How Much You Lose When Your Employer Cuts Your 401(k) Match

For a young worker, a match cut could make a $16,000 difference.

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Many employees these days are realizing that the loss of a job benefit they once took for granted—the 401(k) match—is making a bit of a dent in their retirement portfolio. Over time, that dent could become a crater, according to new research from Hewitt Associates. For a younger worker who earns $50,000 and receives a full employer match of 50 cents to the dollar on 6 percent of his or her pay, the match cut means $16,000 less for retirement.

Although controversial, 401(k) match cuts are becoming an increasingly accepted way for companies to slash costs in this recession. And it's not just those in dire straights that are jettisoning their contributions—i.e. the Big Three automakers. Match-cutting is occurring throughout a wide range of industries, and those on board include FedEx, 7-Eleven, Eddie Bauer, Burton Snowboards, and AARP. In all, some 200 companies have announced plans to change or stop making contributions to their employees' 401(k)s or other defined benefit plans since June 2008, according to the Pension Rights Center's running tally.

You might be curious about how much these companies are actually saving by eliminating their 401(k) match. According to Hewitt, companies can save more than $1,500 per employee for a one-year match suspension (assuming the average employer match of 50 cents to the dollar on up to 6 percent of pay.) That adds up to $25 million in savings per year for a typical large company, $10 million for a midsize company, and $2 million for a small company.

Employer matches appear to have a psychological effect on employees. Research shows that when a 401(k) match is offered, more employees participate in a retirement plan. But on the flipside, when companies eliminate the match to their workplace savings plans, almost half see a drop in participation and deferral rates, Fidelity Investments found.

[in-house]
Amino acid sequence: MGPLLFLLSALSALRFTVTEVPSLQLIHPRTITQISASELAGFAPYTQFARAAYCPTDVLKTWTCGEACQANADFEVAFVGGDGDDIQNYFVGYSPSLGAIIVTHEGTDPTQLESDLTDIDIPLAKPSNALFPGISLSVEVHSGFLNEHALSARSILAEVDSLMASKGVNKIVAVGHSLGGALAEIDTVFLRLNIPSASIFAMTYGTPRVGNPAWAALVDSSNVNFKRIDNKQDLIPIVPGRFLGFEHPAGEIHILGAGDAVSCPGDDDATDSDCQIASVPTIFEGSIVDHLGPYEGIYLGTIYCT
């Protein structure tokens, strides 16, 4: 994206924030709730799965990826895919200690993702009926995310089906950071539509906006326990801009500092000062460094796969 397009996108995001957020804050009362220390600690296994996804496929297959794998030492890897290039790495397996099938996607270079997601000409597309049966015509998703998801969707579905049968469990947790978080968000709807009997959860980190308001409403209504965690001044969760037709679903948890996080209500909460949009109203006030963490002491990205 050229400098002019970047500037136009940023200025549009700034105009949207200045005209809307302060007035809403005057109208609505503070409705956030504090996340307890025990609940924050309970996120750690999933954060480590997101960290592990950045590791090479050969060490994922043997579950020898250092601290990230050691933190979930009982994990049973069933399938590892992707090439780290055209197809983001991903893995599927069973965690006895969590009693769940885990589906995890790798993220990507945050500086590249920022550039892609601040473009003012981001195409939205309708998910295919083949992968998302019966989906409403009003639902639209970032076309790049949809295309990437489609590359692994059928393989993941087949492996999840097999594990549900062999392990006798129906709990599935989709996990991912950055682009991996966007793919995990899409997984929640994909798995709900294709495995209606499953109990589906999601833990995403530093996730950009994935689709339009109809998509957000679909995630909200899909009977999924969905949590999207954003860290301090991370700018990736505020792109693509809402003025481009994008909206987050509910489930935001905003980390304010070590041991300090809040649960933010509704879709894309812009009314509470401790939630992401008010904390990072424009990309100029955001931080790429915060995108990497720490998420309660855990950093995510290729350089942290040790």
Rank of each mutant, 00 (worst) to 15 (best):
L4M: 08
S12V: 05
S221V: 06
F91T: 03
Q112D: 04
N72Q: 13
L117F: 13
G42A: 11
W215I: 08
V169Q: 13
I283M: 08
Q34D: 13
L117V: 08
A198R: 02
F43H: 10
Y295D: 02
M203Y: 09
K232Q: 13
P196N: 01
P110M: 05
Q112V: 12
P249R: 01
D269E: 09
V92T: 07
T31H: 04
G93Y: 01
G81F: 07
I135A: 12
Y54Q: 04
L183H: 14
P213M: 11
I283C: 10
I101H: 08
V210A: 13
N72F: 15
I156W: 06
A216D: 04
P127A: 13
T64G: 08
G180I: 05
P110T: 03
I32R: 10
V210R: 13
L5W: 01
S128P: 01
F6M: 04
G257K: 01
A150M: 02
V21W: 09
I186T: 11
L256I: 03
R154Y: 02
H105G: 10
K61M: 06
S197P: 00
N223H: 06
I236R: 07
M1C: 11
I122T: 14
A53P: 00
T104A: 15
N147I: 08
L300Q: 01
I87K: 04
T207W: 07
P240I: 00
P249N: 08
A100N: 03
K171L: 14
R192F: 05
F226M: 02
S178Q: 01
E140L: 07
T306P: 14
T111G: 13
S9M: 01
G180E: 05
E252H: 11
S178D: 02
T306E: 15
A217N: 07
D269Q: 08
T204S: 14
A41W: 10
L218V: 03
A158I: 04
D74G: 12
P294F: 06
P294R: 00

Just about every financial adviser will tell you that halting your own 401(k) contributions is a terrible idea. But here's an idea of the consequences in terms of dollars: If the above employee who earns $50,000 and contributes 6 percent stops adding to his or her 401(k) for just one year, he or she will have $48,000 less for retirement than if the contributions continued. And if that younger worker stops contributing for five years, the loss increases to a whopping $150,000.

So if your employer suspends your 401(k) match, what's the best move? Here are a few ideas:

Save more. With so many competing financial obligations these days, it's tempting to scale back retirement contributions. After all, it's money that you won't see for many years--decades for most investors. "You have to fight yourself right now," says John Carl, president of the Retirement Learning Center. "You've got rising expenses, wages being reduced, employers cutting [401(k)] matches. But this is the time to double-down your contributions if you can possibly afford it. If you can squeak even another $1,000 by, it can make a huge difference in the long term." According to Hewitt's research, the average employee can bridge the gap a 401(k) match suspension creates by upping their contribution by just 3 percentage points a year.

[See Why Young Investors Should Double Down.]

Consider a Roth IRA: This is particularly a good idea for younger investors. Unlike with a plain-vanilla IRA, you contribute to a Roth IRA after you pay taxes on it. Then, once you reach retirement, you won't owe any taxes on withdrawals. Strange as it may sound, think of yourself as a farmer, says Christian Cordoba, wealth advisor and principal at California Retirement Advisers in El Segundo, Calif.: "It's like paying tax on a seed and getting the harvest for free." Before you decide to open a Roth IRA, weigh your current tax rate against what you think your tax rate will be in the future. If you expect that you'll be in a higher tax bracket when you reach retirement, Roth is a good bet. But if you are making a ton of money now—and think your salary will likely be lower in retirement—you might want to delay taxes and stick with a traditional 401(k) or IRA. It's not an either-or decision, though. Consider hedging your bets by contributing to both, says Cordoba. "Say you're putting $5,000 a year into a 401(k)...then it might be prudent to put another $5,000 into a Roth IRA so you have half of your money tax-free, and on the second half, you pay tax."